Andrew Revkin is the senior reporter for climate and related issues at the Pulitzer Prize-winning independent newsroom ProPublica. Formerly the Pace University Senior Fellow for Environmental Understanding, he has reported on science and the environment for more than three decades, mainly for The New York Times. He has written on global warming science and solutions and energy issues since the 1980s, from the North Pole to the White House, and is among those credited with first proposing that we have entered a "geological age of our own making," known increasingly as the Anthropocene. He has won top awards in science journalism multiple times, along with a Guggenheim Fellowship. Revkin has written acclaimed books on global warming, the changing Arctic, and the violent assault on the Amazon rain forest, as well as three book chapters on science communication. Drawing on his experience with his Times blog, Dot Earth, which Time Magazine named one of the top 25 blogs in 2013, Revkin has spoken to audiences around the world, including at the United Nations and Vatican, about paths to progress on a turbulent planet. In spare moments, he is a performing songwriter and was a frequent accompanist for Pete Seeger. He lives in Cold Spring, NY, with his wife and coauthor, Lisa Mechaley, who is an educator at the Children's Environmental Literacy Foundation.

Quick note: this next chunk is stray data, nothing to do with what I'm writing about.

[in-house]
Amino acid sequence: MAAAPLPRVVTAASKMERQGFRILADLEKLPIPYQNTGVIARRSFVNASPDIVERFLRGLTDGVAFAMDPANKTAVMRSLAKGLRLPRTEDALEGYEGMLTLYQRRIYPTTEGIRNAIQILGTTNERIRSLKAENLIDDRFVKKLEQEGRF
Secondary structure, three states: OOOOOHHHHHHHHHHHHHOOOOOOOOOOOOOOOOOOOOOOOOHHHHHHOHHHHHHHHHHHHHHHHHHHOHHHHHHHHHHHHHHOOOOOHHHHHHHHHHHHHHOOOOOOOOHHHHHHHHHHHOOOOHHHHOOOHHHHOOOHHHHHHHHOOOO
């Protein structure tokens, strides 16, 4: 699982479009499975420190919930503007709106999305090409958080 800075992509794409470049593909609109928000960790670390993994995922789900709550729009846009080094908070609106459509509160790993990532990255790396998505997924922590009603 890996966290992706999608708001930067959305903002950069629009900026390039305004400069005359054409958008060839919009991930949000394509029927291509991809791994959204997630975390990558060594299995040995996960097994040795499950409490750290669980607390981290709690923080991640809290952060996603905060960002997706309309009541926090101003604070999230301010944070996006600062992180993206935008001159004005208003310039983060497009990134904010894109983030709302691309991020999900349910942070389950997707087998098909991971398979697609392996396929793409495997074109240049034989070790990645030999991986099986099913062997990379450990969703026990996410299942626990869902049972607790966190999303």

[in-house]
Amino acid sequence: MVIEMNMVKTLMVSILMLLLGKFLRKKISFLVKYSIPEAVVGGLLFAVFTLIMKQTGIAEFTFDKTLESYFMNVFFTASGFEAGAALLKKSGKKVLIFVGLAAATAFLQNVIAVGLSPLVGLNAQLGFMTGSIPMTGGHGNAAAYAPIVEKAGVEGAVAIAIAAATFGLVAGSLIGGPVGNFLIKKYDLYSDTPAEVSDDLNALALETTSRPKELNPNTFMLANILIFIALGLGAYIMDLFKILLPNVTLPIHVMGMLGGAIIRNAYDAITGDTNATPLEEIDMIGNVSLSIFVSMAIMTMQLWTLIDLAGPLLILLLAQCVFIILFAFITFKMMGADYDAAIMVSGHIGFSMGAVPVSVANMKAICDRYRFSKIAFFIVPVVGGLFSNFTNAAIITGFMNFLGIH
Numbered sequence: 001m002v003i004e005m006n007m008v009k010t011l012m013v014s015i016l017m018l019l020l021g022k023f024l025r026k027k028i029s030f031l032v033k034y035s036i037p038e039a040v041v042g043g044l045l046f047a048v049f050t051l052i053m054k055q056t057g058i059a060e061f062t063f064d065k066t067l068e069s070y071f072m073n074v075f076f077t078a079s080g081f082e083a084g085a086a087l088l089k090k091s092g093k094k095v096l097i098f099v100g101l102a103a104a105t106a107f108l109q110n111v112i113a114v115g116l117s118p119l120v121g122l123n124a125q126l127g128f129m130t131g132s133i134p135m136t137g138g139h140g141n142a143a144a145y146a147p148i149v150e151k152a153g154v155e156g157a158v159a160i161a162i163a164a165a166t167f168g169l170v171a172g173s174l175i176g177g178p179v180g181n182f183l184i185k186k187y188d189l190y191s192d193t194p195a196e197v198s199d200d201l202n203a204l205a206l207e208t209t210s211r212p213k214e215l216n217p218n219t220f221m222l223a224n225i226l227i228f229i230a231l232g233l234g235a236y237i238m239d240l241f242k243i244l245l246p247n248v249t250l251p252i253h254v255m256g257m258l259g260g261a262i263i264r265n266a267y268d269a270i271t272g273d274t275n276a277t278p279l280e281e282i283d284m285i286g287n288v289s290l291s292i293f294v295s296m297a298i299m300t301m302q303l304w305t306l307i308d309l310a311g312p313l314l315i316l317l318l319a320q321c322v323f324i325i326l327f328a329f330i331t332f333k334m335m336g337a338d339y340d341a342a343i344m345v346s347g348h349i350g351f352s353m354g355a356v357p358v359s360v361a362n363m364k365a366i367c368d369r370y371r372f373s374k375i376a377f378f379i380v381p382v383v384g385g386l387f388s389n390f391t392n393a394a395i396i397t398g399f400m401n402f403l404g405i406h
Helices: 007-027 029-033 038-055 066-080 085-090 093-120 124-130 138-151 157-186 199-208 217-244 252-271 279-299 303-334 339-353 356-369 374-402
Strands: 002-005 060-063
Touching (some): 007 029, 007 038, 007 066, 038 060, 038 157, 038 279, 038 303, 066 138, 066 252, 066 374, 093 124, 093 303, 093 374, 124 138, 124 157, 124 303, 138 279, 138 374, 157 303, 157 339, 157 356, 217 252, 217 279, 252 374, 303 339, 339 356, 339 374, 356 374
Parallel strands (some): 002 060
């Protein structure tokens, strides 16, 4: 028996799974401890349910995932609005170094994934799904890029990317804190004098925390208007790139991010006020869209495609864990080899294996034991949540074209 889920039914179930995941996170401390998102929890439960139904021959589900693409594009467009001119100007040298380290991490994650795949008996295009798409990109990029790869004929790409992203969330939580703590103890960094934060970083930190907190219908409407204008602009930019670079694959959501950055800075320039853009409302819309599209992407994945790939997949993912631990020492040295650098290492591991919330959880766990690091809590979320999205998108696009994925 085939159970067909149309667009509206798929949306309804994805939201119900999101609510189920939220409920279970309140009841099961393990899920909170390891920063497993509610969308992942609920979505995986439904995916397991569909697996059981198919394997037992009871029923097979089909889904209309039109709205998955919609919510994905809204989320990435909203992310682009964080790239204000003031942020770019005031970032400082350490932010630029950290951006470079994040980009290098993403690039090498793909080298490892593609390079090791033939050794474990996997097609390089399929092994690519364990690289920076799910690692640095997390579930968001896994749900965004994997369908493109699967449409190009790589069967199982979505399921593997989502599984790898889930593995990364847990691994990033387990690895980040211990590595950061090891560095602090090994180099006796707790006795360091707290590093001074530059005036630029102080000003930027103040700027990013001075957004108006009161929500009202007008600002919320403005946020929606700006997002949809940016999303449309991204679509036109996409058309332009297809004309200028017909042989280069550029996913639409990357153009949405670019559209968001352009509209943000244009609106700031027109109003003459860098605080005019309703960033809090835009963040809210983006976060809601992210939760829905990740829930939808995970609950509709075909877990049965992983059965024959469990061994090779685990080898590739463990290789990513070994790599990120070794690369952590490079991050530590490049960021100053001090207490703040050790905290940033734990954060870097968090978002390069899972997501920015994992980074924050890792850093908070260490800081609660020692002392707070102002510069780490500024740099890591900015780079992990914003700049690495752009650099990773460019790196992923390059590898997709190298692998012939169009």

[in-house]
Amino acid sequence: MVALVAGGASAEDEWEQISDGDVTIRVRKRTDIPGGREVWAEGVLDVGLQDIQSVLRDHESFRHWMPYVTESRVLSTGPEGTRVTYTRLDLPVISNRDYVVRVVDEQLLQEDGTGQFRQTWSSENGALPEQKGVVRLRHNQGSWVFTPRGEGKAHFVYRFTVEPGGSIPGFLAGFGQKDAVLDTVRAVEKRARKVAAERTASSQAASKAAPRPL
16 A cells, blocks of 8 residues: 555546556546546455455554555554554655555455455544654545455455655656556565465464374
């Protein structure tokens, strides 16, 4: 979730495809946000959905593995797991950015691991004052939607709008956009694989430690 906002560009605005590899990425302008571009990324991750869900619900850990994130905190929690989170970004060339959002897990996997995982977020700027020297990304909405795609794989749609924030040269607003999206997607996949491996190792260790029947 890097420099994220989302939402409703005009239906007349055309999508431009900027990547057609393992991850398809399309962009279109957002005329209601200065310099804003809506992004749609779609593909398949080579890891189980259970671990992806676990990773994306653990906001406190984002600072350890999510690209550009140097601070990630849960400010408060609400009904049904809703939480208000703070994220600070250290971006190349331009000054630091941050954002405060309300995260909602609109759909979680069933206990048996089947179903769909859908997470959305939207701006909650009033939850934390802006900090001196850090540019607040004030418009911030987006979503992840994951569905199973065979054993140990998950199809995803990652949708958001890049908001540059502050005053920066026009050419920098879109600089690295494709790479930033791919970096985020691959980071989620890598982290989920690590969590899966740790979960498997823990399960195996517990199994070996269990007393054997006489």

Praise for WEATHER: AN ILLUSTRATED HISTORY "In a new, beautifully illustrated book, Andrew Revkin, best known for his decades of science and environment reporting at the New York Times, describes many of the most pivotal moments, critical scientific breakthroughs and important people in the climate's rich and varied 4.5 billion-year history. 'Weather: An Illustrated History, From Cloud Atlases to Climate Change, ' explores the atmosphere's evolution, the scientists who tried to make sense of it, and the complex and sometimes-turbulent relationship between people and the elements. . . . Revkin loosely weaves together this history in 100 short, easy-to-consume vignettes. Think of this book like dining on tapas, boasting savory flavors, some unexpected, that constitute a satisfying whole. Among many other topics, the book discusses Aristotle's 'landmark' contributions to meteorology. It explains how scientists figured out how rainbows work. It tells the story of inventor Charles F. Brush, who built a giant windmill in Cleveland in 1887 that powered his mansion for 20 years. It presents what is probably the first-ever photograph taken of a tornado. And it even delves into the polar vortex." --Washington Post "FINALLY, someone has done something about the weather. Andrew Revkin and Lisa Mechaley have given us a startlingly fascinating book about how weather got the way it is, and how we've reacted to it, used it, and even helped shape it. There are a hundred captivating stories in this book that are as enlightening as they are fun. Reading them is like seeing the clouds part and the sun come out." --Alan Alda, longtime host of Scientific American Frontiers and a founder of the Alan Alda Center for Communicating Science at Stony Brook University "Informative, addictively readable, and never preachy, Weather: An Illustrated History tells the fascinating story of humanity's ever-evolving relationship with the earth's climate. Highly recommended." --Nathaniel Philbrick, National Book Award winner for In the Heart of the Sea: The Tragedy of the Whaleship Essex "Weather: An Illustrated History is a gift of a book--at once fascinating, informative, and surprising." --Elizabeth Kolbert, Pulitzer Prize-winning author of The Sixth Extinction "A slim book about a weighty subject with a light touch, Weather: An Illustrated History has a wonderfully sprawling cast of characters, from Alexander von Humboldt and 'Snowflake' Bentley to Frankenstein's monster and the editor of the Farmer's Almanac. I won't soon forget the image of Benjamin Franklin charging off after a huge dust devil, leaving the rest of his party to gape in astonishment as he repeatedly horsewhipped the whirlwind to see if he could interrupt its progress. Or the great solar flare of Sept. 1, 1859, which lashed the Earth with such ferocity that the night sky glowed across the planet and electric surges through telegraph wires set telegraph offices afire." --Charles C. Mann, bestselling author of 1491: New Revelations of the Americas Before Columbus and The Wizard and the Prophet